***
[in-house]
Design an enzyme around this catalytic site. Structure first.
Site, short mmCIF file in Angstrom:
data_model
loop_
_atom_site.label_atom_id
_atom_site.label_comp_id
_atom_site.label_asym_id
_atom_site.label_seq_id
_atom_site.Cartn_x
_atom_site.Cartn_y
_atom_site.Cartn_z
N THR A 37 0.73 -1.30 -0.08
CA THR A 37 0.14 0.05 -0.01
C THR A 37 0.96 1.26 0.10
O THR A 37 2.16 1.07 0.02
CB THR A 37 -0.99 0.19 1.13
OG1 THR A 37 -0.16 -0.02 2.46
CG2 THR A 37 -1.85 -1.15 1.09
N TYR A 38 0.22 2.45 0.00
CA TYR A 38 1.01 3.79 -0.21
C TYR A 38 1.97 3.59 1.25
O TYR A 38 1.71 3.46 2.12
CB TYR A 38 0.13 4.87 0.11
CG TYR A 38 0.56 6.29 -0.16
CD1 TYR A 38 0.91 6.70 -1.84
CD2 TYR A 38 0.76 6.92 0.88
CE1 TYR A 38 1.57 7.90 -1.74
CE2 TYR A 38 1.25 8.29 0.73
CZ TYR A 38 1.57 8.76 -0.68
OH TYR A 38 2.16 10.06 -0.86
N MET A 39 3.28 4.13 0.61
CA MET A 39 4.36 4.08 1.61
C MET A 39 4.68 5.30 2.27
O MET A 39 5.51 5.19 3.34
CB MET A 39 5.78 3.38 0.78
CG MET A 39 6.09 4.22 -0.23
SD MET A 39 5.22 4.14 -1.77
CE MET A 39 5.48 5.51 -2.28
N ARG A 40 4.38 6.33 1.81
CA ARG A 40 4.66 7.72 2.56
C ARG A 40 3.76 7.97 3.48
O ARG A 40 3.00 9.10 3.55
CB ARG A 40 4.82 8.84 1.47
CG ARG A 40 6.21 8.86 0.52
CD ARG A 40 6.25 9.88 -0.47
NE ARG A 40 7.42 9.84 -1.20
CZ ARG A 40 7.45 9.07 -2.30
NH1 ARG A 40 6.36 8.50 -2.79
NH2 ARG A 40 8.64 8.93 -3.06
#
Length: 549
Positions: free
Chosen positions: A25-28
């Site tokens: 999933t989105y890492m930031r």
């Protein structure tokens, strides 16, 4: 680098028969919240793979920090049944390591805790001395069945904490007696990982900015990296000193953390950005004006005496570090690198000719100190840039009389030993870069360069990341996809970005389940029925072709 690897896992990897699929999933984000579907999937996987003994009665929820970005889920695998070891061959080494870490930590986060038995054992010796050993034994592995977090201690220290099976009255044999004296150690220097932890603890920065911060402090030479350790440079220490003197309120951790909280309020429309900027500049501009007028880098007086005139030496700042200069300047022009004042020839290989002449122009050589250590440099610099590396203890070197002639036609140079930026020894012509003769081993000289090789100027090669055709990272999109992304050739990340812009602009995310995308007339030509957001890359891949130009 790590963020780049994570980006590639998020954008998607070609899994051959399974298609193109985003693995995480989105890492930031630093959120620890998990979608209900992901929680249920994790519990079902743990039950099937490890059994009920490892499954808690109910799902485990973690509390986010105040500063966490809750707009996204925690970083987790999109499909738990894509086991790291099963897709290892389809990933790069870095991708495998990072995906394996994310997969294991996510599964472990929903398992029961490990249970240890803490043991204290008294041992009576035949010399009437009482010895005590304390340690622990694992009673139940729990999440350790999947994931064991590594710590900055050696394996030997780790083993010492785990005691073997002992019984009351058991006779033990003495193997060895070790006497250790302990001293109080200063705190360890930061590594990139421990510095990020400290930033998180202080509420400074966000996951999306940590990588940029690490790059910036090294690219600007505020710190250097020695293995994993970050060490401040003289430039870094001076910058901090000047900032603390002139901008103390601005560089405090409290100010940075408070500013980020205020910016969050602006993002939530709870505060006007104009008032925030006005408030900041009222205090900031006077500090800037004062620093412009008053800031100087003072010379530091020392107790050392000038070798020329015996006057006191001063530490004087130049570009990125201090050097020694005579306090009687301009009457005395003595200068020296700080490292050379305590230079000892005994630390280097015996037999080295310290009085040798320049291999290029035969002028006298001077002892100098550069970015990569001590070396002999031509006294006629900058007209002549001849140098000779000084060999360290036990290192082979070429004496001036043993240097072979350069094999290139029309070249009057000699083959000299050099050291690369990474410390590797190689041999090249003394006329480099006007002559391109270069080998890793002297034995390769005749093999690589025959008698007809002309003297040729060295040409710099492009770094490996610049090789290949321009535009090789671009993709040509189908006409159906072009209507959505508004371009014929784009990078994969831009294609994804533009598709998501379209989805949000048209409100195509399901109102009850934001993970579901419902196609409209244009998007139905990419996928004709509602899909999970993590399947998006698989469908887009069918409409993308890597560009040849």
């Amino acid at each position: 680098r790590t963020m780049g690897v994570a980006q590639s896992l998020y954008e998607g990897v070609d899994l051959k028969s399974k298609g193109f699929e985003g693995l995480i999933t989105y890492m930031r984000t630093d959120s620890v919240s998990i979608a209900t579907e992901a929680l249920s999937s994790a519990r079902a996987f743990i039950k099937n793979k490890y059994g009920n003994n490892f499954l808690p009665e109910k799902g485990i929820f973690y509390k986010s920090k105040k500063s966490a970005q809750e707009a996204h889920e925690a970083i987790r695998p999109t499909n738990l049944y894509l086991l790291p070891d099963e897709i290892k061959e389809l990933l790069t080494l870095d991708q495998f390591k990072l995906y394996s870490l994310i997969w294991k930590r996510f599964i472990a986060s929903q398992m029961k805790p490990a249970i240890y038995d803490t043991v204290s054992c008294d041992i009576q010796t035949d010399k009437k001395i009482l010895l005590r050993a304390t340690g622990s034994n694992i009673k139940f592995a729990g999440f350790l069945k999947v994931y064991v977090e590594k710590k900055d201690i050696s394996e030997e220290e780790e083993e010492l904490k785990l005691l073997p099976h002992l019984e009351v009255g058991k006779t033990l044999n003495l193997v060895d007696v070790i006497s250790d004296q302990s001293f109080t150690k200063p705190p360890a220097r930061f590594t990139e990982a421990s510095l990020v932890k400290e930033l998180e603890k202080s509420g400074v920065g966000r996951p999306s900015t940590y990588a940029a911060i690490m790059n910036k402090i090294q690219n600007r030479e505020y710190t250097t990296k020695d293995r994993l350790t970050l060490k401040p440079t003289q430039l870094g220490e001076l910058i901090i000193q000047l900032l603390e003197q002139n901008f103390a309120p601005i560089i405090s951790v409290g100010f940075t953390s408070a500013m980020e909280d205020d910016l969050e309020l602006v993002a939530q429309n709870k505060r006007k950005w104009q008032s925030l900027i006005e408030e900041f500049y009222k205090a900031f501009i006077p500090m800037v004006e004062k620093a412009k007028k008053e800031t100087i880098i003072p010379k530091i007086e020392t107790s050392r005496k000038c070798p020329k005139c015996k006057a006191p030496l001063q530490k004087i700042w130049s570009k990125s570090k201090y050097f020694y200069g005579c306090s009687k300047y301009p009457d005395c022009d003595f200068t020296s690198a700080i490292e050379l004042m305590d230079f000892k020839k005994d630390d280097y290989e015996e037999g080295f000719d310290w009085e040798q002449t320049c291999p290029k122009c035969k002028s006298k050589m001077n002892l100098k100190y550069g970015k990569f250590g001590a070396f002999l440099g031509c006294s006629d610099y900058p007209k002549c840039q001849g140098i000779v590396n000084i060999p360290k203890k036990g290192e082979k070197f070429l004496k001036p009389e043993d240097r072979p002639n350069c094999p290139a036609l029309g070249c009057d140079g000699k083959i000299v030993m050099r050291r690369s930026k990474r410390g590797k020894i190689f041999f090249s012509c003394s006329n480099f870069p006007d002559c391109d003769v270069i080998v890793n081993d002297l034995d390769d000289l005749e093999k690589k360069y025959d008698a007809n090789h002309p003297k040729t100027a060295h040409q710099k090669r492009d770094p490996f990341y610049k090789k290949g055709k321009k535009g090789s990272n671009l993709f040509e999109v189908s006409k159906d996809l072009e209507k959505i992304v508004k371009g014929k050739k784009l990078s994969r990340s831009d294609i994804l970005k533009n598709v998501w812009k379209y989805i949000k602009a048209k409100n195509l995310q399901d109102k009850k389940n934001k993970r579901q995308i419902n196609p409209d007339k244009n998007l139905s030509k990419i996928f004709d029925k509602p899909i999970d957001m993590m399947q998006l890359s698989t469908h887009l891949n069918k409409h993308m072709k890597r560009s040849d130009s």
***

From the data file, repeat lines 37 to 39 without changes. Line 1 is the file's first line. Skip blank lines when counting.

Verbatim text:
CG MET A 39 6.09 4.22 -0.23
SD MET A 39 5.22 4.14 -1.77
CE MET A 39 5.48 5.51 -2.28